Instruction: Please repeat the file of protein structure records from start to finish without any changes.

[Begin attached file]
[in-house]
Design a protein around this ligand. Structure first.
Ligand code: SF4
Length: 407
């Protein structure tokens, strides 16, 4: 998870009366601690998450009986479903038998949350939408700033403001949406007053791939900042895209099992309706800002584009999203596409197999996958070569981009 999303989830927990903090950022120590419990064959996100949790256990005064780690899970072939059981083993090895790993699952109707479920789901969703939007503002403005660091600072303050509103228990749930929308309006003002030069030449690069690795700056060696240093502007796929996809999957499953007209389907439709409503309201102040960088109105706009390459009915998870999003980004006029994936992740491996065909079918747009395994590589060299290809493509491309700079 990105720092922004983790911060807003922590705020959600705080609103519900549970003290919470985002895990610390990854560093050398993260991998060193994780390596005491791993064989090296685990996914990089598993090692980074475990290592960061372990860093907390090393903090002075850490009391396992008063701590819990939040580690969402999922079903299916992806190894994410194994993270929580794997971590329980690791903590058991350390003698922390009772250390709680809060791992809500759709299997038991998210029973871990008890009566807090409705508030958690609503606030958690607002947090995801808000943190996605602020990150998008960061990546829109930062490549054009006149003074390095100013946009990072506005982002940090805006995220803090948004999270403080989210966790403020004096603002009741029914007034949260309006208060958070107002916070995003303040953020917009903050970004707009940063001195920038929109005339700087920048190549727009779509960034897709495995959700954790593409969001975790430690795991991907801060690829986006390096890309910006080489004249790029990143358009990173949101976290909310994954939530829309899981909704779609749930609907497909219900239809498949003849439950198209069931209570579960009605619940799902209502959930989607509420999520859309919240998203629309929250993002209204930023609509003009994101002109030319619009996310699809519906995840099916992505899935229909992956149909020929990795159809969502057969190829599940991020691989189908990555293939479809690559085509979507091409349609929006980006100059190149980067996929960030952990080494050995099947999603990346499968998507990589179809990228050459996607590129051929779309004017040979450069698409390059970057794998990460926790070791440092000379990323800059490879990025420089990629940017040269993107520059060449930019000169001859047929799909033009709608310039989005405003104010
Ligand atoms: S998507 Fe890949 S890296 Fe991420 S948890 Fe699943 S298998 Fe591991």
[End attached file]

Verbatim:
[in-house]
Design a protein around this ligand. Structure first.
Ligand code: SF4
Length: 407
């Protein structure tokens, strides 16, 4: 998870009366601690998450009986479903038998949350939408700033403001949406007053791939900042895209099992309706800002584009999203596409197999996958070569981009 999303989830927990903090950022120590419990064959996100949790256990005064780690899970072939059981083993090895790993699952109707479920789901969703939007503002403005660091600072303050509103228990749930929308309006003002030069030449690069690795700056060696240093502007796929996809999957499953007209389907439709409503309201102040960088109105706009390459009915998870999003980004006029994936992740491996065909079918747009395994590589060299290809493509491309700079 990105720092922004983790911060807003922590705020959600705080609103519900549970003290919470985002895990610390990854560093050398993260991998060193994780390596005491791993064989090296685990996914990089598993090692980074475990290592960061372990860093907390090393903090002075850490009391396992008063701590819990939040580690969402999922079903299916992806190894994410194994993270929580794997971590329980690791903590058991350390003698922390009772250390709680809060791992809500759709299997038991998210029973871990008890009566807090409705508030958690609503606030958690607002947090995801808000943190996605602020990150998008960061990546829109930062490549054009006149003074390095100013946009990072506005982002940090805006995220803090948004999270403080989210966790403020004096603002009741029914007034949260309006208060958070107002916070995003303040953020917009903050970004707009940063001195920038929109005339700087920048190549727009779509960034897709495995959700954790593409969001975790430690795991991907801060690829986006390096890309910006080489004249790029990143358009990173949101976290909310994954939530829309899981909704779609749930609907497909219900239809498949003849439950198209069931209570579960009605619940799902209502959930989607509420999520859309919240998203629309929250993002209204930023609509003009994101002109030319619009996310699809519906995840099916992505899935229909992956149909020929990795159809969502057969190829599940991020691989189908990555293939479809690559085509979507091409349609929006980006100059190149980067996929960030952990080494050995099947999603990346499968998507990589179809990228050459996607590129051929779309004017040979450069698409390059970057794998990460926790070791440092000379990323800059490879990025420089990629940017040269993107520059060449930019000169001859047929799909033009709608310039989005405003104010
Ligand atoms: S998507 Fe890949 S890296 Fe991420 S948890 Fe699943 S298998 Fe591991």